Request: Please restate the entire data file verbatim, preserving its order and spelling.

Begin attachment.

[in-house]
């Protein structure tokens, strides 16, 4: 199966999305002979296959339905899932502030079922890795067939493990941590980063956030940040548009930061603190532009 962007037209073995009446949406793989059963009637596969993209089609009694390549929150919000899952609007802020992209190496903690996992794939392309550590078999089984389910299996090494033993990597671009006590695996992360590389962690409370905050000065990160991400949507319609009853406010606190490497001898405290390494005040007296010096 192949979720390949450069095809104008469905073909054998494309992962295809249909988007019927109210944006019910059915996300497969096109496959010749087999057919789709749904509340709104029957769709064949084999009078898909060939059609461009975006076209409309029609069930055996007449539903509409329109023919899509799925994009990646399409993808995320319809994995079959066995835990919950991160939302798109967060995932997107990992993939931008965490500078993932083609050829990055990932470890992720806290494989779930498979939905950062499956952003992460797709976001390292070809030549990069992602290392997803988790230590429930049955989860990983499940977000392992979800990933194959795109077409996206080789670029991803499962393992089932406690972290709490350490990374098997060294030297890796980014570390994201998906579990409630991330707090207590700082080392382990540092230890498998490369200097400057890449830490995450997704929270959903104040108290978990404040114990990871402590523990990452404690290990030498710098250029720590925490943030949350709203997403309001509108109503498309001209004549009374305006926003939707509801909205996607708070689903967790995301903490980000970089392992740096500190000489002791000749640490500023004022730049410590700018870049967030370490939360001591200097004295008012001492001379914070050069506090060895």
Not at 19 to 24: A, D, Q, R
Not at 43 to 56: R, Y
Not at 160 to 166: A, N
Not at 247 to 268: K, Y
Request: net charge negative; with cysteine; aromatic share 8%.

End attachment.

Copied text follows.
[in-house]
């Protein structure tokens, strides 16, 4: 199966999305002979296959339905899932502030079922890795067939493990941590980063956030940040548009930061603190532009 962007037209073995009446949406793989059963009637596969993209089609009694390549929150919000899952609007802020992209190496903690996992794939392309550590078999089984389910299996090494033993990597671009006590695996992360590389962690409370905050000065990160991400949507319609009853406010606190490497001898405290390494005040007296010096 192949979720390949450069095809104008469905073909054998494309992962295809249909988007019927109210944006019910059915996300497969096109496959010749087999057919789709749904509340709104029957769709064949084999009078898909060939059609461009975006076209409309029609069930055996007449539903509409329109023919899509799925994009990646399409993808995320319809994995079959066995835990919950991160939302798109967060995932997107990992993939931008965490500078993932083609050829990055990932470890992720806290494989779930498979939905950062499956952003992460797709976001390292070809030549990069992602290392997803988790230590429930049955989860990983499940977000392992979800990933194959795109077409996206080789670029991803499962393992089932406690972290709490350490990374098997060294030297890796980014570390994201998906579990409630991330707090207590700082080392382990540092230890498998490369200097400057890449830490995450997704929270959903104040108290978990404040114990990871402590523990990452404690290990030498710098250029720590925490943030949350709203997403309001509108109503498309001209004549009374305006926003939707509801909205996607708070689903967790995301903490980000970089392992740096500190000489002791000749640490500023004022730049410590700018870049967030370490939360001591200097004295008012001492001379914070050069506090060895």
Not at 19 to 24: A, D, Q, R
Not at 43 to 56: R, Y
Not at 160 to 166: A, N
Not at 247 to 268: K, Y
Request: net charge negative; with cysteine; aromatic share 8%.